The Royal Kalendar has an extensive ecclesiastical section, giving the names of officials at the College of Doctors of (church) Law, the Ecclesiastical Courts, and the ecclesiastical law proctors; deans, chancellors, archdeacons, canons and prebendaries for all the dioceses of England and Wales; the officers and fellows (being all the parish priests within and without the walls of London) of Sion College; and the incumbents of the parishes within ten miles of London (annotated to show whether rectors, vicars or curates, and with the net annual revenue of each cure); the Ecclesiastical Commissioners for England; the Committee of Council on Education; and then the officers of the various religious societies (Queen Anne's Bounty Office, and First-Fruits and Tenths Offices; Commissioners for Building Additional Churches; Society for Promoting the Building of Churches and Chapels; Anniversary Festival of the Sons of the Clergy; Society for Promoting Christian Knowledge; Society for the Propagation of the Gospel in Foreign Parts; Dissenters' Library; Society for Maintaining and Educating Poor Orphans of Clergymen of the Established Church; Society for Promoting Religious Knowledge; Patrons of the Anniversary of the Charity Schools; Naval and Military Bible Society; Society for the Support and Encouragement of Sunday Schools throughout the British Dominions; Society for Extending the Christian Faith in the British West India Islands; London Missionary Society; Religious Tract Society; Society for the Suppression of Vice; British and Foreign Bible Society; Church Missionary Society; Prayer Book and Homily Society; Dr Bray's Institution; London Society for Promoting Christianity among the Jews; National Society for the Education of the Poor in the Principles of the Established Church; Church Pastoral Aid Society; European Missionary Society; British Society for Promoting the Religious Principles of the Reformation; and the Protestant Association).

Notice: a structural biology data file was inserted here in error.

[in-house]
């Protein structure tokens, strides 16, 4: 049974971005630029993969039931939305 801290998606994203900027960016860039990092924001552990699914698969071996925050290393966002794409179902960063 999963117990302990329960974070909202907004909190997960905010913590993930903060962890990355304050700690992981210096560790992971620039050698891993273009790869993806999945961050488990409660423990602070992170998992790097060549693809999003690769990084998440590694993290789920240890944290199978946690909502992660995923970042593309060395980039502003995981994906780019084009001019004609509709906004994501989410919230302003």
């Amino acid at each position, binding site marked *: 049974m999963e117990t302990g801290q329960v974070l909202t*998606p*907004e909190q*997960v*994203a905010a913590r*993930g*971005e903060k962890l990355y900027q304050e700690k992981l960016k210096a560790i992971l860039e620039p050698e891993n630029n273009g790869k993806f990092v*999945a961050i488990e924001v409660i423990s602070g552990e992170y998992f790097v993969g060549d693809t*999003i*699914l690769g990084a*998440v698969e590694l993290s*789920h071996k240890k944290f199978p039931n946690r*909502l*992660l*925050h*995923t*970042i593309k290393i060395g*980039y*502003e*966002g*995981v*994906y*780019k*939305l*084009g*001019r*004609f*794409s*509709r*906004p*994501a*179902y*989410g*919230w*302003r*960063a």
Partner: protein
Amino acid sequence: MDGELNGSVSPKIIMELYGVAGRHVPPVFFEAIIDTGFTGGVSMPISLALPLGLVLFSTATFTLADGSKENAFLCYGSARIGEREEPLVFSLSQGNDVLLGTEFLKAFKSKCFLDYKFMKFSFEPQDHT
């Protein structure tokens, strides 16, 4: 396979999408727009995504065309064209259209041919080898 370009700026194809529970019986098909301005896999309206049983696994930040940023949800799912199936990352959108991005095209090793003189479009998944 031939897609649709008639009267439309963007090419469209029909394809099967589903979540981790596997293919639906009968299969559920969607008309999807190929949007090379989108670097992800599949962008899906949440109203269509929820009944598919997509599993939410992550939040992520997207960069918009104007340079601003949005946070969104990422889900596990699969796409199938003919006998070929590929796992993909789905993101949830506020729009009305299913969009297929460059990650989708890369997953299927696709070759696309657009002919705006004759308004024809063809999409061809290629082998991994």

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Churchmen and church officers in England and Wales
 (1841)
English civil servants (1841)
The Royal Kalendar lists officers and officials of a number of government bodies in London: Privy Seal, the Secretary of State's Office (including the Home, Irish, Foreign and Colonial departments, and the Colonial Land and Emigration Board) , the Queen's Mint, the Board of Council for Trade and Foreign Plantations; the Board of Commissioners for the Affairs of India; the Office of her Majesty's Woods, Forests, Land Revenues, Works and Buildings (including some officials in Scotland and the provinces, and the rangers and keepers of the royal parks); the State Paper Office; the Signet Office; Alien Department; Registry of Colonial Slaves; Establishment of Queen's Messengers; the Treasury Office; Commissariat Department; Receipt of Exchequer; Office of Paymasters of Exchequer Bills; Stationery Office; General Register Office; Poor Law Commission; Commissioners of Slave Compensation; Reduction of the National Debt and Life Annuity Office; and the Exchequer Bill Loan Office for Public Works and Fisheries.

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English civil servants
 (1841)